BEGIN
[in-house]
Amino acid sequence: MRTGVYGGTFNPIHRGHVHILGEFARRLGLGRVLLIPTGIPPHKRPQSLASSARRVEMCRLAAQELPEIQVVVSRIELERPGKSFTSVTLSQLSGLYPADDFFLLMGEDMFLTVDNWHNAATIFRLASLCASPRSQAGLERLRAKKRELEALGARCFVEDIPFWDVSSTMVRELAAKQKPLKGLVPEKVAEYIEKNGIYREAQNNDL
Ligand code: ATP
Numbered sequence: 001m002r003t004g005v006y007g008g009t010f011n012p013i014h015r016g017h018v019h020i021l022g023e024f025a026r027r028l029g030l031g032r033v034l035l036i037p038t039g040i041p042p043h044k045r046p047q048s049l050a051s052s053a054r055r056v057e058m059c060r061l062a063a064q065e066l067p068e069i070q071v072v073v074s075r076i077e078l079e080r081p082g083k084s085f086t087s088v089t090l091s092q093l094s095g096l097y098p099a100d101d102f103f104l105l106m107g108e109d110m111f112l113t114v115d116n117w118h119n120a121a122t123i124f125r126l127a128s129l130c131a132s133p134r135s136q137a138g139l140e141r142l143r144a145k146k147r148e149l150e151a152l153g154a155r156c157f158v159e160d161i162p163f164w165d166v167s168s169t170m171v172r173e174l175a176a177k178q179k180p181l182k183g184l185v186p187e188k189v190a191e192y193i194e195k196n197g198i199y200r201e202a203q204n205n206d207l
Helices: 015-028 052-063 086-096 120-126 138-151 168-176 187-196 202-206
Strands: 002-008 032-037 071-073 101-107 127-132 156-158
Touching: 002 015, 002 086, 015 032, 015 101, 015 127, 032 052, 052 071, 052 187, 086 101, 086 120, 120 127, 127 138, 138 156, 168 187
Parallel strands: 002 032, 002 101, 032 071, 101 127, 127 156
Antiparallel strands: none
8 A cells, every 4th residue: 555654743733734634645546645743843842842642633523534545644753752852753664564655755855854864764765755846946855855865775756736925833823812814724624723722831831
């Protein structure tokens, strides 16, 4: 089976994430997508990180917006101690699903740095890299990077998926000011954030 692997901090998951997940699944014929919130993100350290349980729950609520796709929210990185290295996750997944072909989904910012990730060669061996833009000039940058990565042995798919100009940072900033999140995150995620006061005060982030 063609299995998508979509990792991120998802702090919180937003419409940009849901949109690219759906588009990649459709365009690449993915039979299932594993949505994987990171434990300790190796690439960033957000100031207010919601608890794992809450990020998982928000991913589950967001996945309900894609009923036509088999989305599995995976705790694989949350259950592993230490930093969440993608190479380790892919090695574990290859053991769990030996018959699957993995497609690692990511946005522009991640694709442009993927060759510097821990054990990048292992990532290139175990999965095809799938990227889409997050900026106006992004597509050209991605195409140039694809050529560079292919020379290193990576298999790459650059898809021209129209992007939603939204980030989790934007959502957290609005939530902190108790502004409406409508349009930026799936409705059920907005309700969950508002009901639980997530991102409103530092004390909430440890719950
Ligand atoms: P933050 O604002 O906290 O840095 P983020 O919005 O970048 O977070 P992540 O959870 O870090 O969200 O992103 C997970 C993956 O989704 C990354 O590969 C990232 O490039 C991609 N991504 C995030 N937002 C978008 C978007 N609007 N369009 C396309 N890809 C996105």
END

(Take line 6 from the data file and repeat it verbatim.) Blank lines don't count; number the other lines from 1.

Strands: 002-008 032-037 071-073 101-107 127-132 156-158